Lindsie Ford, with the Kansas Coalition Against Sexual and Domestic Violence, said ensuring sexual assault kits are processed quickly is paramount to respecting survivors. (Screen capture by Kansas Reflector from Kansas Legislature YouTube channel)
TOPEKA — Kansas advocates say a bill approved by a Senate committee Thursday will ensure survivors who undergo sexual assault exams will have their evidence kits tested in a timely fashion.
Under House Bill 2228, providers of these exams would be required to send evidence packs to the lab quickly, no longer letting them languish on the shelves as they have previously. Proponents said this would prevent a backlog of kits from forming as it did in the mid-2010s when more than 2,000 tests went untested.
Lindsie Ford, an attorney with the Kansas Coalition Against Sexual and Domestic Violence, has sat with survivors through the challenging exam process. She said ensuring these kits are processed quickly is paramount because of the invasive nature of the tests.
“It can take several hours. It involves photographing sensitive areas where damage might have been involved and very detailed efforts to collect evidence,” Ford said. “It is done in the immediate aftermath of a violation of someone’s personal autonomy, so for a survivor to go and to submit to one of these exams, it is a difficult choice.”
The bill was unanimously approved by the Senate Judiciary Committee and now heads to the full chamber for further consideration. The measure passed the Kansas House last year without opposition.
In 2014, the Kansas Bureau of Investigation began a program to determine the number of untested sexual assault kits and, in the process, determine ways to improve upon the process. A committee of forensic nurses, law enforcement, prosecutors, advocacy groups and more worked to find policy recommendations to optimize the process, like this bill.
Robert Jacobs, with the Kansas Bureau of Investigation, said currently if a survivor chooses not to report the assault, the test is stored for up to five years because she may later choose to report it. That timeframe was put in place to match the statute of limitation on reporting which no longer exists.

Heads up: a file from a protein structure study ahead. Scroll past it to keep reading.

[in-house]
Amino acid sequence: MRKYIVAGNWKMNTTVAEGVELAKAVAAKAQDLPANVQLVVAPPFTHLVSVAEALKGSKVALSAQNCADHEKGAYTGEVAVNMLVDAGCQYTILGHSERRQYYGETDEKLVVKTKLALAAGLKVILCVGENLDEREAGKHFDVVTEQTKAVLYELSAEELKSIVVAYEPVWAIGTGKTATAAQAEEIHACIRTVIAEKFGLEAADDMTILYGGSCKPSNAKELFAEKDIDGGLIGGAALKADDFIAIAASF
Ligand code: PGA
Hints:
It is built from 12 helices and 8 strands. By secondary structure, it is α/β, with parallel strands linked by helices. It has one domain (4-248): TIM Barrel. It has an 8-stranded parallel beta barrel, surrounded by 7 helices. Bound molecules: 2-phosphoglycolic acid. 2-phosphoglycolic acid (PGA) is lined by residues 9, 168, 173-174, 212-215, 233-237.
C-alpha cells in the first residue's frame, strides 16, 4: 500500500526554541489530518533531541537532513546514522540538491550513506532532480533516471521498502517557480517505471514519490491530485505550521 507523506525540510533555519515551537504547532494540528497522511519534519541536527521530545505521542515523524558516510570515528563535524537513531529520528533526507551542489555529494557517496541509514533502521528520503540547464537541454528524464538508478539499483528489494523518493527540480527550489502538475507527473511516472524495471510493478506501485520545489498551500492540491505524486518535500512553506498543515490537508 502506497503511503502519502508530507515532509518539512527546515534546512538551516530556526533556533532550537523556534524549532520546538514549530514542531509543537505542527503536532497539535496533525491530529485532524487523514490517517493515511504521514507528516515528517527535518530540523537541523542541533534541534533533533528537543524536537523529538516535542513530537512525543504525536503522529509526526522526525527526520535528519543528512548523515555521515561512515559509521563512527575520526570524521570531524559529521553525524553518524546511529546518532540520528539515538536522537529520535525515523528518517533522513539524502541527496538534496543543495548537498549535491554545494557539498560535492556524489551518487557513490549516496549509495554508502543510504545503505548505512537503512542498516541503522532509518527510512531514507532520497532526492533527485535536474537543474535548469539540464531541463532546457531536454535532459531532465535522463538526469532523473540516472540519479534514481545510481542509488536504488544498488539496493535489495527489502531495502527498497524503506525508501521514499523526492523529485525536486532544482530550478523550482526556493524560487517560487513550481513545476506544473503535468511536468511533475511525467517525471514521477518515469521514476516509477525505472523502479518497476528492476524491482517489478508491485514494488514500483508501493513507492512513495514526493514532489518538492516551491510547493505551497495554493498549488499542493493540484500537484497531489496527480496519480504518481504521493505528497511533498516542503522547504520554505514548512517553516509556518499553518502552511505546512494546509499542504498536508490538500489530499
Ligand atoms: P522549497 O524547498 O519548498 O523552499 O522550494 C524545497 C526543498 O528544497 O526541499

He said national recommendations now suggest keeping the kits for 20 years, which would mirror the updated statute of limitations in Kansas.
Since 2015, KBI has received 1038 anonymous tests, of which only 115 people later decided to report sexual assault.
“Unfortunately, over the past six years, 211 kits have been destroyed per the statute,” Jacobs said. “Those kits will never be able to move forward with those cases. Currently 712 unreported sexual assault kits are currently being stored at the KBI forensic laboratory and once this bill is passed, we anticipate that those 712 kits that we currently have in storage will then be converted to a 20-year time frame.”
An additional goal of the bill is to increase access to these exams by allowing evidence collection to be done by specially trained medical personnel within Child Advocacy Centers and medical centers.
Ed Klump, with the Kansas Sheriffs and Police Officers Associations, said he fully supports the bill.
“Not only will it help solidify the voluntary policy we have advocated for, but it will hopefully serve to assure adequate funding of our forensic labs to maintain the capacity to meet the demand of this important evidence testing,” Klump said.
Correction: Lindsie Ford’s name was misspelled in an earlier version of this story and its photo caption.
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